Despite the free public availability of these resources, Moshkaryova still believes there's no substitute for attending Casual Connect events. Educational tools and professional advice have obvious value, but they're no substitute for in-person networking.

"We connect people," she says. "Casual Connect makes it possible for a lot of developers and business people to have friends in the industry and become part of a community—part of a family."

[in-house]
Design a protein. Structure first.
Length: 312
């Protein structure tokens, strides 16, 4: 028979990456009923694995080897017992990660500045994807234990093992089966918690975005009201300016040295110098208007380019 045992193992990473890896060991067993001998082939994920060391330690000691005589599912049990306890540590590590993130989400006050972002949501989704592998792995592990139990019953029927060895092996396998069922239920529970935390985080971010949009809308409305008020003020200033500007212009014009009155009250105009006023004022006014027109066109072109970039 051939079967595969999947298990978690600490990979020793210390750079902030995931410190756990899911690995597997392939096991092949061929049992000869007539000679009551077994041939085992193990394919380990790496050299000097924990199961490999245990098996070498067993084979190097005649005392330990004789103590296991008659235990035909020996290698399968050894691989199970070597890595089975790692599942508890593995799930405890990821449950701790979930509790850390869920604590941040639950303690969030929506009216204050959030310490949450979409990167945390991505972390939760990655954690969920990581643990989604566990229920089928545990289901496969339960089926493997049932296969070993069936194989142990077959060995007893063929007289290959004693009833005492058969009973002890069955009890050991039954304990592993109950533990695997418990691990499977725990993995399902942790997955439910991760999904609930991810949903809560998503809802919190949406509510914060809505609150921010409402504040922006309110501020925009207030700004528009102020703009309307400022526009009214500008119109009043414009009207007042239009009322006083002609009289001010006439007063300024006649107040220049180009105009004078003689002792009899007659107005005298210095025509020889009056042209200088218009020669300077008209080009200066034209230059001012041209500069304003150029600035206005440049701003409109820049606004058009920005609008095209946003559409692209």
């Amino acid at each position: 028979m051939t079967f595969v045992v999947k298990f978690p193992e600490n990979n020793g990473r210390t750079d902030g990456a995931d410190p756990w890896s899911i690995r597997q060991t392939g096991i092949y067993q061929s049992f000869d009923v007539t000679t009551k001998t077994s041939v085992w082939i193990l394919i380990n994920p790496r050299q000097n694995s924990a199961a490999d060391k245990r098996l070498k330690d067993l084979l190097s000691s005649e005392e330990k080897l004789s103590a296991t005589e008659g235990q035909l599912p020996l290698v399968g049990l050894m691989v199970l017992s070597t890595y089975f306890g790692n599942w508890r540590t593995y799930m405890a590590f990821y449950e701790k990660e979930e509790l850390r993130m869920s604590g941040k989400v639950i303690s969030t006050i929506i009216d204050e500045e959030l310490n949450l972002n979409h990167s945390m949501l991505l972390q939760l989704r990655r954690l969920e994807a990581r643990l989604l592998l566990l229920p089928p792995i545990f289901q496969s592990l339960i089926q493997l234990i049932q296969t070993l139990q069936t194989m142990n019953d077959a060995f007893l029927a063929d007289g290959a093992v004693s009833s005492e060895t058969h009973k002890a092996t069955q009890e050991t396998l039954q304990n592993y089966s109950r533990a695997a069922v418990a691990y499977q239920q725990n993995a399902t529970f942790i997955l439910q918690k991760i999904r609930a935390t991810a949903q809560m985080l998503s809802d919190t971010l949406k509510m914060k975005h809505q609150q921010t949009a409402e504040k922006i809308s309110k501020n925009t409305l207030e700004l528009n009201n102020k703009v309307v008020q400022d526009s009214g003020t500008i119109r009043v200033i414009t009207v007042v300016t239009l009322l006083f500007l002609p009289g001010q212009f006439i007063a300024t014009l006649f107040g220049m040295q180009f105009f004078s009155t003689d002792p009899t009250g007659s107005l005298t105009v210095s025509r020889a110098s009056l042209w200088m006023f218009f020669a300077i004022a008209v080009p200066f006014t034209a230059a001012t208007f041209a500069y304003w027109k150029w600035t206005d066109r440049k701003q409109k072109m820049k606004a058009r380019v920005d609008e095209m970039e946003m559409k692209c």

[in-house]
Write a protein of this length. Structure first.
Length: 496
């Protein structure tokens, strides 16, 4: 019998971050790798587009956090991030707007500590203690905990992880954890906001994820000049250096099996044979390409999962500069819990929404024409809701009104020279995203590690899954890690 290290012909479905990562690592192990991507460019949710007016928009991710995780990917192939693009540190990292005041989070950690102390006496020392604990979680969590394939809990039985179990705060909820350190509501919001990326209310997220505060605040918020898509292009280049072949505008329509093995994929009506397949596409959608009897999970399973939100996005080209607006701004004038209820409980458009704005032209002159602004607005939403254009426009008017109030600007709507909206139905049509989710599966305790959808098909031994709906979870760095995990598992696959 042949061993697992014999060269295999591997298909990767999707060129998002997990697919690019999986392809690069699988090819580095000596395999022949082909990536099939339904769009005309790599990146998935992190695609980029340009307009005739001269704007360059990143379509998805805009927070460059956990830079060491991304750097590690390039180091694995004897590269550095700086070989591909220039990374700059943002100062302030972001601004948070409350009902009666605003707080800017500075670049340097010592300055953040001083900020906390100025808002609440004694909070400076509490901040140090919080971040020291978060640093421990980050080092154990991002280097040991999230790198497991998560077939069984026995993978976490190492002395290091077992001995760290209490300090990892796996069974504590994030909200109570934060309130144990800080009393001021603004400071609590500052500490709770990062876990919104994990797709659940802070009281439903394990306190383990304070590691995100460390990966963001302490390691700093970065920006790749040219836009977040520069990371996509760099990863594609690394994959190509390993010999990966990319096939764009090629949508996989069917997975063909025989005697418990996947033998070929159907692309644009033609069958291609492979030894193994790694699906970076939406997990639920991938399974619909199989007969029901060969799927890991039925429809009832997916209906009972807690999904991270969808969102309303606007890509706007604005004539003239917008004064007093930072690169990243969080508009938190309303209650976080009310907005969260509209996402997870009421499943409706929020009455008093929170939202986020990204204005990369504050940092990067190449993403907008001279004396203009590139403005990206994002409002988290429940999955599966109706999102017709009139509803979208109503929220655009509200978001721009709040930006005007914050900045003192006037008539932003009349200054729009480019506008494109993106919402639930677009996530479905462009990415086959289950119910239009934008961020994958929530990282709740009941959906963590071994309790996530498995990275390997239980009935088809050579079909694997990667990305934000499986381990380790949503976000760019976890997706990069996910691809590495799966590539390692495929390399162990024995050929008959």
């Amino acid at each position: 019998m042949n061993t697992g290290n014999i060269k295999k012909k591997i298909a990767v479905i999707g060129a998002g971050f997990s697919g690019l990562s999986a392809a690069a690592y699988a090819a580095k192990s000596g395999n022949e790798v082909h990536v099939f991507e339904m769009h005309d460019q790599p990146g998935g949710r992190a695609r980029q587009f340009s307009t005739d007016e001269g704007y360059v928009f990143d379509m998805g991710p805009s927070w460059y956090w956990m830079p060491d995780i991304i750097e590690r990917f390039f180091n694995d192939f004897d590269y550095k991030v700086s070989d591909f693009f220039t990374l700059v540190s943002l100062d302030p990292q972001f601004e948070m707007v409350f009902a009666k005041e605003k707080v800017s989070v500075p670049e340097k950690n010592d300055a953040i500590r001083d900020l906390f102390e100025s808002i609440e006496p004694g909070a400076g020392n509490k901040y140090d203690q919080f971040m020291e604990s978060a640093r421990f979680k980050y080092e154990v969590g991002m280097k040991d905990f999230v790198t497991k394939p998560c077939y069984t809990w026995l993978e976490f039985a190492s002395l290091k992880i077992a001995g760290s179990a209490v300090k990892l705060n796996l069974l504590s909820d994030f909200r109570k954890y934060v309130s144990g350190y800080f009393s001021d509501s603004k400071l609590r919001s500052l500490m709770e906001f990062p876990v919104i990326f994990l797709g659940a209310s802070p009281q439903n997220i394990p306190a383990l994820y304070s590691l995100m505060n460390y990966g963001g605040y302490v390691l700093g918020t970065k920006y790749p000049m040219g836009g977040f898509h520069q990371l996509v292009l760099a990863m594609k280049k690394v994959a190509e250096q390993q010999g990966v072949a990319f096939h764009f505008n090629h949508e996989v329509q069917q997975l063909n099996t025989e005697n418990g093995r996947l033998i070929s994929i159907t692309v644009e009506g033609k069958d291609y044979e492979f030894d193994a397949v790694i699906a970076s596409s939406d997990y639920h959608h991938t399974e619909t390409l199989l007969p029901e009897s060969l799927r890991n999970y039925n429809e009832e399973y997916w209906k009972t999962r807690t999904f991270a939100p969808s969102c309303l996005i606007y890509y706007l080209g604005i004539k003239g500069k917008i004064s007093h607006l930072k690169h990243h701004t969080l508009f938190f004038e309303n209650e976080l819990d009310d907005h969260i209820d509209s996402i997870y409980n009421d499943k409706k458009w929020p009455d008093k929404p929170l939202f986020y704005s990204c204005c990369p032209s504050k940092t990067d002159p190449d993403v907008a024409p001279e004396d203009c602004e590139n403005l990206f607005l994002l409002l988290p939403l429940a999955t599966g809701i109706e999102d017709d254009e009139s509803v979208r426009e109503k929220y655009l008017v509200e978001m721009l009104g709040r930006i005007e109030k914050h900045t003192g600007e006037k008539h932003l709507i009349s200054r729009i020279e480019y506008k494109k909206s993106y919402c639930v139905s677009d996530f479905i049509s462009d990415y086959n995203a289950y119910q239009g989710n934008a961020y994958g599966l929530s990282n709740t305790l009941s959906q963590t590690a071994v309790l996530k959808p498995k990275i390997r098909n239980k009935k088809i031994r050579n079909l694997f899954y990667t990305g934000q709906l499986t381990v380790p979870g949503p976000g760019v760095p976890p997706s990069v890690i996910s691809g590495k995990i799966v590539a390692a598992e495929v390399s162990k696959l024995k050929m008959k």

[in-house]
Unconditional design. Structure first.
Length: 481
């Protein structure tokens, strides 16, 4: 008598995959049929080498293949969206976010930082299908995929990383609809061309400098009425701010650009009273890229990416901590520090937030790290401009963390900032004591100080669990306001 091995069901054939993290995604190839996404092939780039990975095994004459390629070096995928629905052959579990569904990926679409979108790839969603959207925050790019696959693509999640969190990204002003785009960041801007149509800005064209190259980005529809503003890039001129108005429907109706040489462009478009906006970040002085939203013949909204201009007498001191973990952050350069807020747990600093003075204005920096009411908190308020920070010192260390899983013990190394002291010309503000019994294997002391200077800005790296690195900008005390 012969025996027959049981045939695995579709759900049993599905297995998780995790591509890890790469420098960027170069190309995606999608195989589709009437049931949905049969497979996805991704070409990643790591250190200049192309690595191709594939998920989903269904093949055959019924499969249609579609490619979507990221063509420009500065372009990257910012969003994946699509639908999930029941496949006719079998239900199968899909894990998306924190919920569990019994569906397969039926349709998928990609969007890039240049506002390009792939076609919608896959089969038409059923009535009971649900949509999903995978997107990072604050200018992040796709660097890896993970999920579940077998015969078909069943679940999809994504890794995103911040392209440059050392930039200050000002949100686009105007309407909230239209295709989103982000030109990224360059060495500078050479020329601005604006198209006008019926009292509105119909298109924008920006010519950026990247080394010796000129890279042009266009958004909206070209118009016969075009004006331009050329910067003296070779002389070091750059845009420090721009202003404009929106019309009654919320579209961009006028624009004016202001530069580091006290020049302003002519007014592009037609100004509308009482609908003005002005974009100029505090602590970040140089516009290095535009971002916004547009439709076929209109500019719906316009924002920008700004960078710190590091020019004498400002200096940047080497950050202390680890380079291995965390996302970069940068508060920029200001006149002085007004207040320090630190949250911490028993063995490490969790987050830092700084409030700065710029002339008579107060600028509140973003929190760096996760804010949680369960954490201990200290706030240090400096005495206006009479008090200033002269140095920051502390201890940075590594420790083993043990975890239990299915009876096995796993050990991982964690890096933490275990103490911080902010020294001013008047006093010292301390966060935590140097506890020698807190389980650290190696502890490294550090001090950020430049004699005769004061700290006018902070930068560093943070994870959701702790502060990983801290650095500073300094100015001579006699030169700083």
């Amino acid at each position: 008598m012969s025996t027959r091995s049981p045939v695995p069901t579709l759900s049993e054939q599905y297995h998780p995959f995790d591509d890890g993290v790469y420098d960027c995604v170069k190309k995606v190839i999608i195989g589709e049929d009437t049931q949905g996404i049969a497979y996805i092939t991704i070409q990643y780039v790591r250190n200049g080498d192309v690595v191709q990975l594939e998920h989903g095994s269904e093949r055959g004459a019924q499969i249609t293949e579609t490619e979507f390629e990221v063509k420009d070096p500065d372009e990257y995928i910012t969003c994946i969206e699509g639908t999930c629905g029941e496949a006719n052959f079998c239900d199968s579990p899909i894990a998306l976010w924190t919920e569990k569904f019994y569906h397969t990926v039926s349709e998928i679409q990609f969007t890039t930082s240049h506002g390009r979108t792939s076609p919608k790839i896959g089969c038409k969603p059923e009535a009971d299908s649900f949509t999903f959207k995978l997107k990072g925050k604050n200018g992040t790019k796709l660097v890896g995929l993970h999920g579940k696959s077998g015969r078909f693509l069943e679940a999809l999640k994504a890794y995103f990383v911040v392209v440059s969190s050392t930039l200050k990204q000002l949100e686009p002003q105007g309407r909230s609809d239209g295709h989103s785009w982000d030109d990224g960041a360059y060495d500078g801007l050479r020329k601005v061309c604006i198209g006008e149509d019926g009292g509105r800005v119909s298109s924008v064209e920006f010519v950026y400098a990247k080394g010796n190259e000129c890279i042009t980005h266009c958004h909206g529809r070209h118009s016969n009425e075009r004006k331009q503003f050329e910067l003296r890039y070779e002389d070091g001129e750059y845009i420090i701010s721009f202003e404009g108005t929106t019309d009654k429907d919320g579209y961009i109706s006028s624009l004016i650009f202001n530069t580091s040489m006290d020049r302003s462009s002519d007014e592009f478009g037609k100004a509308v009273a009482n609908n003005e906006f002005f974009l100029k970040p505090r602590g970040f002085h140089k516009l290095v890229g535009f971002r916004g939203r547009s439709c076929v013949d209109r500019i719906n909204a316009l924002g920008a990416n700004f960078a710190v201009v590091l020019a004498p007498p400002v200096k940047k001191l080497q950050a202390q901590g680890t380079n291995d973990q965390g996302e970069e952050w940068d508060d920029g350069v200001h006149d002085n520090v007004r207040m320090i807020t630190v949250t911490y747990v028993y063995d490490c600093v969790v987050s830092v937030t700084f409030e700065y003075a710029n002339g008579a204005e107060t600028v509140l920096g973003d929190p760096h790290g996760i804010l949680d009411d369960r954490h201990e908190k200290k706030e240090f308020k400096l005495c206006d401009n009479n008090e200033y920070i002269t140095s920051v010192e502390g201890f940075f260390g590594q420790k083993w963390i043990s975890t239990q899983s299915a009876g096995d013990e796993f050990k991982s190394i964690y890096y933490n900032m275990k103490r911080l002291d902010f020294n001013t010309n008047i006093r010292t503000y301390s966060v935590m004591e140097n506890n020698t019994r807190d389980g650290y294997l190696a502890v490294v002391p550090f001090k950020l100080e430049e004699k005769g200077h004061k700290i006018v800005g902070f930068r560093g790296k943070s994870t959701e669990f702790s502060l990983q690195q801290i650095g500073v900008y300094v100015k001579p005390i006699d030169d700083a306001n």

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Jeremy Parish is a senior creative director at Greenlit Content and co-host of the Retronauts podcast. He’s been writing about video games for 20 years and playing them for nearly twice that. Find him on Twitter as @gamespite.